Super Bowl, Extra Large

As the smell of my neighbor’s homemade hamburgers wafts through the air, I cannot help but feel a special kind of glee –usually reserved for Christmas eve or any other federal holiday that actually bestows upon the good people of the world time off.

IT’S SUPER BOWL SUNDAY!!!!!!!!!! HOORAY!!!!!!!!!!!!!

I’ve always loved the hoopla surrounding this most American of holidays.  It’s not just the visions of Doritos dancing in my head, or the sacramental devotion of those who dip, grill or barbecue;  it’s not even the game itself– sometimes it seems that the actual game pales in comparison to other games of the season, perhaps due to the pressure or the injury list, or just because the guys are tired and couldn’t be bothered. 

And although this might sound mildly blasphemous, it’s not even the commercials: the true heroes of the holiday and the sign that we are, deep inside, delightfully shallow and have a fixation with talking animals.

I am pretty sure I am not the only one who has noted or been told of the uncanny resemblance of the cult of football to an actual religion:  after all, Sunday games are more feverishly attended and followed than most church services –sometimes even directly competing for the millions of devout souls who truly seek some form of salvation and solace and tend to find it more easily in the Cult of the Pigskin.

Those Sunday days and those all-important Monday nights bring forth a torrent of feeling and belief to rival any kind of religious ceremony:  from the simple superstitious rituals of players and fans alike, to the expectations and hopes piled on the icons of athletic prowess, many of whom have risen from very humble beginnings or less than ideal conditions to be adored and worshiped (and compensated!) by millions of people who long to emulate them and whose entire lives are dedicated to commit their stats to memory and vividly relate their greatest plays of yesteryear as if they’d witnessed miracles.  And to see some of these men –mere mortals by most estimations– rise to the occasion and go beyond their own human abilites to run the 96 yards or intercept a beautiful pass or run a serpentine path that seemed guided by some sort of Higher Power and won them game –or perhaps just gave the fans hope to score a game-saving Hail Mary  is to be closer to something beyond ourselves… a true hope for a miracle that can not just clear away the drabness of everyday existence by showcasing the amazing ability of the human body and spirit,  but that if properly staked, could pay off a debt or put Junior through college.  Or could simply bring in joy, happiness, and a couple of extra bucks from the office pool.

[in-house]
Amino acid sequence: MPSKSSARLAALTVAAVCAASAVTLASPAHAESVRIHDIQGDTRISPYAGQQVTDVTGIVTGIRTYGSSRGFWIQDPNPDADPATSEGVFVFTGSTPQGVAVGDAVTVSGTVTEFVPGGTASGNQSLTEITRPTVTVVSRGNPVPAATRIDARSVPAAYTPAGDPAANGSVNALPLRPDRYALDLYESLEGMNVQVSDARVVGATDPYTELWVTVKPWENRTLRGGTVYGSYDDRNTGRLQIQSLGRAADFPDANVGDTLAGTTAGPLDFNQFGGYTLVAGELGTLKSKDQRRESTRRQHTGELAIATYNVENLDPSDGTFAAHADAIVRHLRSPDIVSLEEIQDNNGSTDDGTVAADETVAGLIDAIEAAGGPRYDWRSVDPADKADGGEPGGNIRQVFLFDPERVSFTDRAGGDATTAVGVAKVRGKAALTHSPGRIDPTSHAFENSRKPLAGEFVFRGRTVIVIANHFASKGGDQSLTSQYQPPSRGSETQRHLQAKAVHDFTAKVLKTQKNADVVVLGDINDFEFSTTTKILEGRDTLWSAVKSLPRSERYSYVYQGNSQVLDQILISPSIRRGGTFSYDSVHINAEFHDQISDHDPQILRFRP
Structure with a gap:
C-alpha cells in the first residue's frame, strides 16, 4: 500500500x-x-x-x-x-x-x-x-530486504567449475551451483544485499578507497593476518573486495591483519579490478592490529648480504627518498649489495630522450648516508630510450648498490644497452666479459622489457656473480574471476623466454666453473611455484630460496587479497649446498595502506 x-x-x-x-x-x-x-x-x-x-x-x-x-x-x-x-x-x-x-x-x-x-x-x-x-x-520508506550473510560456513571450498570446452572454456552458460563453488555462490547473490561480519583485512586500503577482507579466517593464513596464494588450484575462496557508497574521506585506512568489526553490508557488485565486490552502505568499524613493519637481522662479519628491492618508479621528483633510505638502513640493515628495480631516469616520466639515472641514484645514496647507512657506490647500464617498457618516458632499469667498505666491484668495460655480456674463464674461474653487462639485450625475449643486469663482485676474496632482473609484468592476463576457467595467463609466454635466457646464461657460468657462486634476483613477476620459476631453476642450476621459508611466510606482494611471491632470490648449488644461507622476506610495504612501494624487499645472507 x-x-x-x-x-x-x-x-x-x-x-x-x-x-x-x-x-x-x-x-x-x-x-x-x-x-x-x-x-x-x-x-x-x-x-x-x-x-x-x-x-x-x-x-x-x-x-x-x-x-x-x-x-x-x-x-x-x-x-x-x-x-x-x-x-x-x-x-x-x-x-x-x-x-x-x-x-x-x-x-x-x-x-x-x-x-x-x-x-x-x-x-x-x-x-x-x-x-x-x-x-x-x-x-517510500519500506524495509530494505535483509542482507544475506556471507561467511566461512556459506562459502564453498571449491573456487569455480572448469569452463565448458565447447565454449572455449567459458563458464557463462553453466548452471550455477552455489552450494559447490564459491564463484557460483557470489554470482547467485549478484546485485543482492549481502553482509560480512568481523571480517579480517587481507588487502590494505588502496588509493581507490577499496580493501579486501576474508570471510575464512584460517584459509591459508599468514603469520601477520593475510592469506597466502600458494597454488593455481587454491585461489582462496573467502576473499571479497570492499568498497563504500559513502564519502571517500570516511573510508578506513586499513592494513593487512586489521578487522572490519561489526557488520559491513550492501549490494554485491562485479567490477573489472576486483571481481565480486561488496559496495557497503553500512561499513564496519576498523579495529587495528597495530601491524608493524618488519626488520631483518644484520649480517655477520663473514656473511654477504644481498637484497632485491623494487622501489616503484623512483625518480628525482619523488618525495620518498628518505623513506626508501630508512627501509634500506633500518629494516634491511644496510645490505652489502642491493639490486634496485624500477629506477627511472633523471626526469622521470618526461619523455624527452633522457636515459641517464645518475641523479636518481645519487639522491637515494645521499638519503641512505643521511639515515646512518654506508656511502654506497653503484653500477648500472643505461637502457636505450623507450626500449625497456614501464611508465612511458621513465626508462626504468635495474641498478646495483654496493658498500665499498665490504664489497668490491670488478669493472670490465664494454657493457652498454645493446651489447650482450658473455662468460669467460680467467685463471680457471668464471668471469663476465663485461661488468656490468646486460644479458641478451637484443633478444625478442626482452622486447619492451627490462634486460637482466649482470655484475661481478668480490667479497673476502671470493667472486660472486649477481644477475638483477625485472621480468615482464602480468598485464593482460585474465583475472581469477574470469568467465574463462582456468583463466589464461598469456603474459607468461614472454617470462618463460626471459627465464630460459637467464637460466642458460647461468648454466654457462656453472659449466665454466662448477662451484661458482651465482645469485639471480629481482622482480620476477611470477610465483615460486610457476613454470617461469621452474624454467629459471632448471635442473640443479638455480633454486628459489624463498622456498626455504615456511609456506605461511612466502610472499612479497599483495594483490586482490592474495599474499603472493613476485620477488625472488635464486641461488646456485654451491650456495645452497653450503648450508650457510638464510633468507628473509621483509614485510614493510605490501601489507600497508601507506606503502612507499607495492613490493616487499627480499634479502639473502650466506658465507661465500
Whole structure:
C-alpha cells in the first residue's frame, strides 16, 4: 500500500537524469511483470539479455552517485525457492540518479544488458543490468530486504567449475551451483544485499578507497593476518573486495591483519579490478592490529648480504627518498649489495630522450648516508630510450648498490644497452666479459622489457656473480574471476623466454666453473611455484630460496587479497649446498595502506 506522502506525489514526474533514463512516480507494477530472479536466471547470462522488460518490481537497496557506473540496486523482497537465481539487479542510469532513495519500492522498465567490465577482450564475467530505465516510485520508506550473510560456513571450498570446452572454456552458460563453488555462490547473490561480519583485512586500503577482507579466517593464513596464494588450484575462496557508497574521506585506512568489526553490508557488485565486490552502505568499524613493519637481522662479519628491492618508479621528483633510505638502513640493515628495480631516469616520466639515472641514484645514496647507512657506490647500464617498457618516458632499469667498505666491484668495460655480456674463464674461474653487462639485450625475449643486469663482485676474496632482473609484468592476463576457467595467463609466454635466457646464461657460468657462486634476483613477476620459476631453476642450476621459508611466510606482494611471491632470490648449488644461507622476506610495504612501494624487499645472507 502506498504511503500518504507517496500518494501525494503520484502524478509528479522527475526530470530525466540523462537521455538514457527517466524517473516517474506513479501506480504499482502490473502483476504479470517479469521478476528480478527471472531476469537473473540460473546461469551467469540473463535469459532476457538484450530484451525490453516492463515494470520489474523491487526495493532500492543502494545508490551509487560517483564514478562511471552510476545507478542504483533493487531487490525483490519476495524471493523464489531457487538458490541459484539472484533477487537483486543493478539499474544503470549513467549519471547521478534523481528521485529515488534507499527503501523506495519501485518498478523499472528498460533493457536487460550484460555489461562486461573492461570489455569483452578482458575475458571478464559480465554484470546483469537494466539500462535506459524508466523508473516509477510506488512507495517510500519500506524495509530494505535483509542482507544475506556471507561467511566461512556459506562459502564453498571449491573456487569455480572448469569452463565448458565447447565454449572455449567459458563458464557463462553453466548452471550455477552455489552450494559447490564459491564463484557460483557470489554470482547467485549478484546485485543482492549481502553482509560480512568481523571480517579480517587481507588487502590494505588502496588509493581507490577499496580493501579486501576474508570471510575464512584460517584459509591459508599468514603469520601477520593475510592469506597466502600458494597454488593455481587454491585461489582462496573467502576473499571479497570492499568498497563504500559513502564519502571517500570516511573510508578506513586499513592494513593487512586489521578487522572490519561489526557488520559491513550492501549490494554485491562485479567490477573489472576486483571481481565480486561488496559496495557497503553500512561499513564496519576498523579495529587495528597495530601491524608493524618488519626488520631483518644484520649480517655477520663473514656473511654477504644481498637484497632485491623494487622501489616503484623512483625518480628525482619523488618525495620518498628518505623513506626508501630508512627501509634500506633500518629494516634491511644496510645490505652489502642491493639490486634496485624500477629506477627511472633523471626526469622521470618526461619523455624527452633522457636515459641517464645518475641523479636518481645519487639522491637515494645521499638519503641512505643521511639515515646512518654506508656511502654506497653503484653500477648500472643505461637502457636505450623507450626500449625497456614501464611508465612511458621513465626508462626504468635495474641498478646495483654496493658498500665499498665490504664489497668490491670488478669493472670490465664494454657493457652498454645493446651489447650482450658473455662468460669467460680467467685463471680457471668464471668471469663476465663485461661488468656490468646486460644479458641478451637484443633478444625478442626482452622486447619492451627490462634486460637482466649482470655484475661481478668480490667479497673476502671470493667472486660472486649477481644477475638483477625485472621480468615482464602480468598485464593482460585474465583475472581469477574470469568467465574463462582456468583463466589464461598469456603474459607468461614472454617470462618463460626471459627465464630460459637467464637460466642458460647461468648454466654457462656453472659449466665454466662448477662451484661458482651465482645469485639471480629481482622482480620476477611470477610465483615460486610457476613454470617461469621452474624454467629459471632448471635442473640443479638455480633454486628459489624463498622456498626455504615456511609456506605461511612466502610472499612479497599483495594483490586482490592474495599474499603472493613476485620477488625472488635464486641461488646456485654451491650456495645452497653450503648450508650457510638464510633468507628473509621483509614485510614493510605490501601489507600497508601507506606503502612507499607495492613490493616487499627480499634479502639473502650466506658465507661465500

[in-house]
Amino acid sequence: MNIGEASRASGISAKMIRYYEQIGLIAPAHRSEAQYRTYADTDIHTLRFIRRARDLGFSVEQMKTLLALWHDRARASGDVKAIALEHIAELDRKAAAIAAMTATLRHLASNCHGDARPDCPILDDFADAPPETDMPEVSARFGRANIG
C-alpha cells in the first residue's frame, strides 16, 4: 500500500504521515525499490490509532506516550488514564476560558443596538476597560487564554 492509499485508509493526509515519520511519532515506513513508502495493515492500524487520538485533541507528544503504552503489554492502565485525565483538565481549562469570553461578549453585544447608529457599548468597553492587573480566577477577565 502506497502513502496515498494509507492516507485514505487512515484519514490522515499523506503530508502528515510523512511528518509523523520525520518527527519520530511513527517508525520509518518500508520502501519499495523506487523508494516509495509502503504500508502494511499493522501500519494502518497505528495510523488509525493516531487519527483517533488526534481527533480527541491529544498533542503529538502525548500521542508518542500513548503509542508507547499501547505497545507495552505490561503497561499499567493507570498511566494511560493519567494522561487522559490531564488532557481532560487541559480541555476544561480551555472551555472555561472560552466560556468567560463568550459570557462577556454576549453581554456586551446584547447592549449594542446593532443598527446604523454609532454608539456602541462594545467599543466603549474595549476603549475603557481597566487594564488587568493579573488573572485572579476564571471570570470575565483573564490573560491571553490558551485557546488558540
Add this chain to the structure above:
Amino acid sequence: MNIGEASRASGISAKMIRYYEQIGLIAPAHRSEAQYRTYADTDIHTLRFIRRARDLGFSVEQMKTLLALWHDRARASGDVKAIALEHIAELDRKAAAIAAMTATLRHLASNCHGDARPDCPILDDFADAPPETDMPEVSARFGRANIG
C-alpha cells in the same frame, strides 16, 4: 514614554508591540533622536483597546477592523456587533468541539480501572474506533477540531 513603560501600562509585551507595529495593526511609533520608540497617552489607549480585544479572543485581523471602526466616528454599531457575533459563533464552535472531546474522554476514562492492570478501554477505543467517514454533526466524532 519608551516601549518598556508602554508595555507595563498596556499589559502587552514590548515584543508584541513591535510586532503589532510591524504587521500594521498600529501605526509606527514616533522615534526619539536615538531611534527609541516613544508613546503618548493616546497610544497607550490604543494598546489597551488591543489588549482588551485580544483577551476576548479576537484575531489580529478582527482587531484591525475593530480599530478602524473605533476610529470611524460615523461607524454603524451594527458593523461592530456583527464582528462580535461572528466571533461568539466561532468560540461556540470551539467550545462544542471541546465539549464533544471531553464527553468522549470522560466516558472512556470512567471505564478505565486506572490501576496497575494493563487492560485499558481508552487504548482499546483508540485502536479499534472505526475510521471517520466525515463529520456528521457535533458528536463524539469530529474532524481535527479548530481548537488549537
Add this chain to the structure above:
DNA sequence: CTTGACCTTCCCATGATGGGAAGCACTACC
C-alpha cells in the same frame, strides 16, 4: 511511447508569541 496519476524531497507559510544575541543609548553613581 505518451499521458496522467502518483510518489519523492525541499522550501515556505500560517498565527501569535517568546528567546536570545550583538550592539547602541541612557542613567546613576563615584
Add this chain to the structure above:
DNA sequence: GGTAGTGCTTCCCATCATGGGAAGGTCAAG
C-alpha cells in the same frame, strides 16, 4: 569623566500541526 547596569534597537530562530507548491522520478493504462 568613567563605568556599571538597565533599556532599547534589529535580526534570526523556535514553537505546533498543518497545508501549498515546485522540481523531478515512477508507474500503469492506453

In the Church of the Pigskin, there is no feeling of obligation and it is understood that not all teams are created equal– from ownership to home advantage to the draft itself.  There is hard work and there is loss and there is sacrifice.  There is also unbridled joy and heaven, but there is also only one winner and therefore only one team is saved, hurling the rest into the Purgatory of oblivion (NO ONE remembers the also-ran, after all).  But most importantly, there is fervent and unerring faith –punctuated by faith crises ("Our team SUCKS")– but at the end there is always the beginning, hiding out and waiting for a new salvation and for a new hope that NEXT YEAR our team will make it.

Stupid 49ers.

Oh yeah…. GO SEAHAWKS!!!!  (gotta root for the ones who haven’t won it before, you know!)

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This entry was published on February 5, 2006 at 4:34 pm and is filed under Onerous Onomastics. Bookmark the permalink. Follow any comments here with the RSS feed for this post.

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